Presentation of our Lord and Purification of Mary
February 2, 2013
God Visits His Temple
St. Luke 2:22-32
Now when the days of her purification according to the law of Moses were completed, they brought Him to Jerusalem to present Him to the Lord (as it is written in the law of the Lord, “Every male who opens the womb shall be called holy to the Lord”), and to offer a sacrifice according to what is said in the law of the Lord, “A pair of turtledoves or two young pigeons.” And behold, there was a man in Jerusalem whose name was Simeon, and this man was just and devout, waiting for the Consolation of Israel, and the Holy Spirit was upon him. And it had been revealed to him by the Holy Spirit that he would not see death before he had seen the Lord’s Christ. So he came by the Spirit into the temple. And when the parents brought in the Child Jesus, to do for Him according to the custom of the law, he took Him up in his arms and blessed God and said: “Lord, now You are letting Your servant depart in peace, according to Your word; for my eyes have seen Your salvation which You have prepared before the face of all peoples, a light to bring revelation to the Gentiles, and the glory of Your people Israel. Luke 2:22-32
The Law of Moses was summarized in the Ten Commandments, but the Ten Commandments were not the full extent of that law. The Law of Moses contained regulations about worship, civil affairs, diet, health, and just about every aspect of life. When a woman gave birth to a son she was ritually impure for forty days thereafter. Furthermore, every firstborn son was “holy to the LORD,” that is, he belonged to God and had to be redeemed back. A wealthy family would pay in sheep or goats. A poor family would pay in turtledoves or pigeons. The offering of the firstborn to the Lord and redeeming him back from the Lord reminded God’s people of the Exodus. God set his people Israel free from the slavery they suffered in Egypt for four hundred years. That miraculous Exodus – where the children of Israel crossed over the Red Sea on dry ground – was preceded by ten plagues against Egypt that finally persuaded Pharaoh to let God’s people go. The final and decisive plague was the Passover, where the Angel of Death killed the firstborn son of every Egyptian family, but spared the firstborn of the sons of Israel, passing over the homes whose doors were marked by the blood of the lamb.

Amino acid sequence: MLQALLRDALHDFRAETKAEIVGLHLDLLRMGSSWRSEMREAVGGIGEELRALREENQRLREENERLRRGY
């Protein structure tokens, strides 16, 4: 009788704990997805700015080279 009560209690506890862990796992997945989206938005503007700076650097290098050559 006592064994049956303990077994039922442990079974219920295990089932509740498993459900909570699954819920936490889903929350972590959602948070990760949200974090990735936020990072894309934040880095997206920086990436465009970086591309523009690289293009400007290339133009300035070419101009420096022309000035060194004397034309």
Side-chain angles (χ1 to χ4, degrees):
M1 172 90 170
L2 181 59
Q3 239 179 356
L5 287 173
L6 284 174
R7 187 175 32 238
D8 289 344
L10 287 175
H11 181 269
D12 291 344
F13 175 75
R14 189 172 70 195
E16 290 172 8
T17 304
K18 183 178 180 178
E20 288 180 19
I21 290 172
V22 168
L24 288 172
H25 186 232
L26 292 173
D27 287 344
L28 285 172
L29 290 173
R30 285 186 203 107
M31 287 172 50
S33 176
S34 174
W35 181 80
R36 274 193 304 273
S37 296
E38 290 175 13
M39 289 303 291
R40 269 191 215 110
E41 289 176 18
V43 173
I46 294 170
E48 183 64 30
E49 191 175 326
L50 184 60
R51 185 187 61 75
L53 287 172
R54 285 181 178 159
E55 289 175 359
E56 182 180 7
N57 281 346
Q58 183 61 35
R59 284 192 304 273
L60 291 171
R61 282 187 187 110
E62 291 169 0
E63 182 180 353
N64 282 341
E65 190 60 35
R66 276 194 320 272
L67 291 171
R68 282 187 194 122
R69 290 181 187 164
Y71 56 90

God wanted his people to remember the Passover and the Exodus. This was the defining event of the Old Testament Church. It taught them that they belonged to the God who set them free. They belonged to the God who forgave sins and destroyed death by the shedding of blood. That the firstborn should be given back to the LORD was a clear and compelling testimony of God’s grace and faithfulness.
Mary’s purification and Jesus’ presentation go together. We observe this festival on February 2 forty days after December 25 the day we set aside for the celebration of Christ’s birth. But if we consider the nature of that birth, Mary did not need to be purified and Jesus did not need to be presented. A woman needed to be purified after giving birth because no birth was without sin. But this birth was. The firstborn son needed to be presented to the LORD because atonement needed to be made for sin. The blood of the Passover lamb made that crystal clear. But this child was not a sinner. So here we have a unique situation. For the first and only time in the history of Mosaic Law there is an immaculate conception and a virgin birth. What this tells us is that the purification of Mary and the presentation of Jesus were not for the benefit of Mary or Jesus. Why then? What was the reason? And why did the Holy Spirit inspire St. Luke to record this event?